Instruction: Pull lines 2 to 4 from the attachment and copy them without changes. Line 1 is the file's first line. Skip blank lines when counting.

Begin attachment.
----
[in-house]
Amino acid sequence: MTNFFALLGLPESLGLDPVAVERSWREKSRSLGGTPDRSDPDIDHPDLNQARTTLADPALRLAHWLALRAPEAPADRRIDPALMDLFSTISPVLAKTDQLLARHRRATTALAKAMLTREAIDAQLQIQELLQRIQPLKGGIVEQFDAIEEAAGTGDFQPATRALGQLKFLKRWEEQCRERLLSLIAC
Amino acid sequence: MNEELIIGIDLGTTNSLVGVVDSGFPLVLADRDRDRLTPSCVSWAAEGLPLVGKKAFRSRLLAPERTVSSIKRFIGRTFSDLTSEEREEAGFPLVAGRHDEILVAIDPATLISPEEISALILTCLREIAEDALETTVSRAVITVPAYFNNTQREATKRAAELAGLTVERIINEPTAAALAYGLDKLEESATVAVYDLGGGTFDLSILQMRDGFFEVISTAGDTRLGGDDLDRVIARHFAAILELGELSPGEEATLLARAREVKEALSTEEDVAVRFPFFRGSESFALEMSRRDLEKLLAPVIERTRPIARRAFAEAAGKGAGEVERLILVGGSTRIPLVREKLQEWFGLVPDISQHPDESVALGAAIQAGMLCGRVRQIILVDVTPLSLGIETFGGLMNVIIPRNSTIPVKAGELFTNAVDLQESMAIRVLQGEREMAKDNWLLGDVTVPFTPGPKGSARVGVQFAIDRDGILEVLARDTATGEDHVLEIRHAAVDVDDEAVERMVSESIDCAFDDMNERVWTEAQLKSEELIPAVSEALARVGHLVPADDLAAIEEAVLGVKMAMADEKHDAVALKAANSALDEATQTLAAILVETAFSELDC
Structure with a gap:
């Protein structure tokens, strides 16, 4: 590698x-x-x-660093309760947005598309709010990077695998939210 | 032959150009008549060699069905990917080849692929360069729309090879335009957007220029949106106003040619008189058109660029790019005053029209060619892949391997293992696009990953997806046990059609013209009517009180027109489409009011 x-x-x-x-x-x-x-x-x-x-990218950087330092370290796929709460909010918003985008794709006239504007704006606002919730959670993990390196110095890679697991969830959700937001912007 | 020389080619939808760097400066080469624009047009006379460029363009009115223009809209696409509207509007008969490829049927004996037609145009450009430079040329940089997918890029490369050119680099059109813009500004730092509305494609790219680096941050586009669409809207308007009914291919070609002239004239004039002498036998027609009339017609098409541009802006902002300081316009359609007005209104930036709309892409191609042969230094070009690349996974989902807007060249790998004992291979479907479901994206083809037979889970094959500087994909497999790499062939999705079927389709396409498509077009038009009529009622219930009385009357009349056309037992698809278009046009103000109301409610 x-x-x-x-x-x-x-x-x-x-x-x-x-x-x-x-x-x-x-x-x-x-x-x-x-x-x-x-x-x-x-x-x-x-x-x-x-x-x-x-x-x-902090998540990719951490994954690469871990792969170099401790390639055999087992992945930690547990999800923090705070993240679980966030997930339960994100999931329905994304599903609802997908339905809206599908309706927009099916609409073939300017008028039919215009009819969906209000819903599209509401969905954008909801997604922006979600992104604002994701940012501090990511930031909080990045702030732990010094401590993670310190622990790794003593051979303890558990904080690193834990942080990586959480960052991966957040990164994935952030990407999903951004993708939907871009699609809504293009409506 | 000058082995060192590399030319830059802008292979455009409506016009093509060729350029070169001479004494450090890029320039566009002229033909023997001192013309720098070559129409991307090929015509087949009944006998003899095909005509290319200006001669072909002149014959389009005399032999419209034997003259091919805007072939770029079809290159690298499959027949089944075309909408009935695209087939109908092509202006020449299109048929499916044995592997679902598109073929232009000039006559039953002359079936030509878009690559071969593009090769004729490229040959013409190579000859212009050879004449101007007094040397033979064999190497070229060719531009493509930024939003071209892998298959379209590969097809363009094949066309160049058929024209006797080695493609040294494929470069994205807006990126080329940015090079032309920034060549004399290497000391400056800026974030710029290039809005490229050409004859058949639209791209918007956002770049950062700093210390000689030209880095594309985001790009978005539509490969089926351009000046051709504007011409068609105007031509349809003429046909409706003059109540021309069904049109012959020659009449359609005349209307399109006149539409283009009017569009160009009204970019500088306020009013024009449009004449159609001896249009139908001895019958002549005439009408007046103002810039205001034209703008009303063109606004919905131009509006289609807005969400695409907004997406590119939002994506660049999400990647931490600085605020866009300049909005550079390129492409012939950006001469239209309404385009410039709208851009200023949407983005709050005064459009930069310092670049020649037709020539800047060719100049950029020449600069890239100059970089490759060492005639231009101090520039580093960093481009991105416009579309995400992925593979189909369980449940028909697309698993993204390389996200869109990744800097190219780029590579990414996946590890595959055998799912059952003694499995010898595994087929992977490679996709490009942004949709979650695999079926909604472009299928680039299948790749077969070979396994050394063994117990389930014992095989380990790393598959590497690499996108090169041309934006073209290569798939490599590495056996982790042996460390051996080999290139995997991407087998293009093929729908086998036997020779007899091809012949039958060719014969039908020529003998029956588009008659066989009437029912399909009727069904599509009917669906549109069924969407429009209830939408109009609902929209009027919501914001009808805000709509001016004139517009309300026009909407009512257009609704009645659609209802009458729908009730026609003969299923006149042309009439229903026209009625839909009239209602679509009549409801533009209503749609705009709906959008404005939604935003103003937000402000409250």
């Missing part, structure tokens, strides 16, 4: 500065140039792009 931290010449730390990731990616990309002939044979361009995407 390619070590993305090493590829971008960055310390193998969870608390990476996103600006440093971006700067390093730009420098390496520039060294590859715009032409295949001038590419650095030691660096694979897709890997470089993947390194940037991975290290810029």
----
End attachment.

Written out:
Amino acid sequence: MTNFFALLGLPESLGLDPVAVERSWREKSRSLGGTPDRSDPDIDHPDLNQARTTLADPALRLAHWLALRAPEAPADRRIDPALMDLFSTISPVLAKTDQLLARHRRATTALAKAMLTREAIDAQLQIQELLQRIQPLKGGIVEQFDAIEEAAGTGDFQPATRALGQLKFLKRWEEQCRERLLSLIAC
Amino acid sequence: MNEELIIGIDLGTTNSLVGVVDSGFPLVLADRDRDRLTPSCVSWAAEGLPLVGKKAFRSRLLAPERTVSSIKRFIGRTFSDLTSEEREEAGFPLVAGRHDEILVAIDPATLISPEEISALILTCLREIAEDALETTVSRAVITVPAYFNNTQREATKRAAELAGLTVERIINEPTAAALAYGLDKLEESATVAVYDLGGGTFDLSILQMRDGFFEVISTAGDTRLGGDDLDRVIARHFAAILELGELSPGEEATLLARAREVKEALSTEEDVAVRFPFFRGSESFALEMSRRDLEKLLAPVIERTRPIARRAFAEAAGKGAGEVERLILVGGSTRIPLVREKLQEWFGLVPDISQHPDESVALGAAIQAGMLCGRVRQIILVDVTPLSLGIETFGGLMNVIIPRNSTIPVKAGELFTNAVDLQESMAIRVLQGEREMAKDNWLLGDVTVPFTPGPKGSARVGVQFAIDRDGILEVLARDTATGEDHVLEIRHAAVDVDDEAVERMVSESIDCAFDDMNERVWTEAQLKSEELIPAVSEALARVGHLVPADDLAAIEEAVLGVKMAMADEKHDAVALKAANSALDEATQTLAAILVETAFSELDC
Structure with a gap: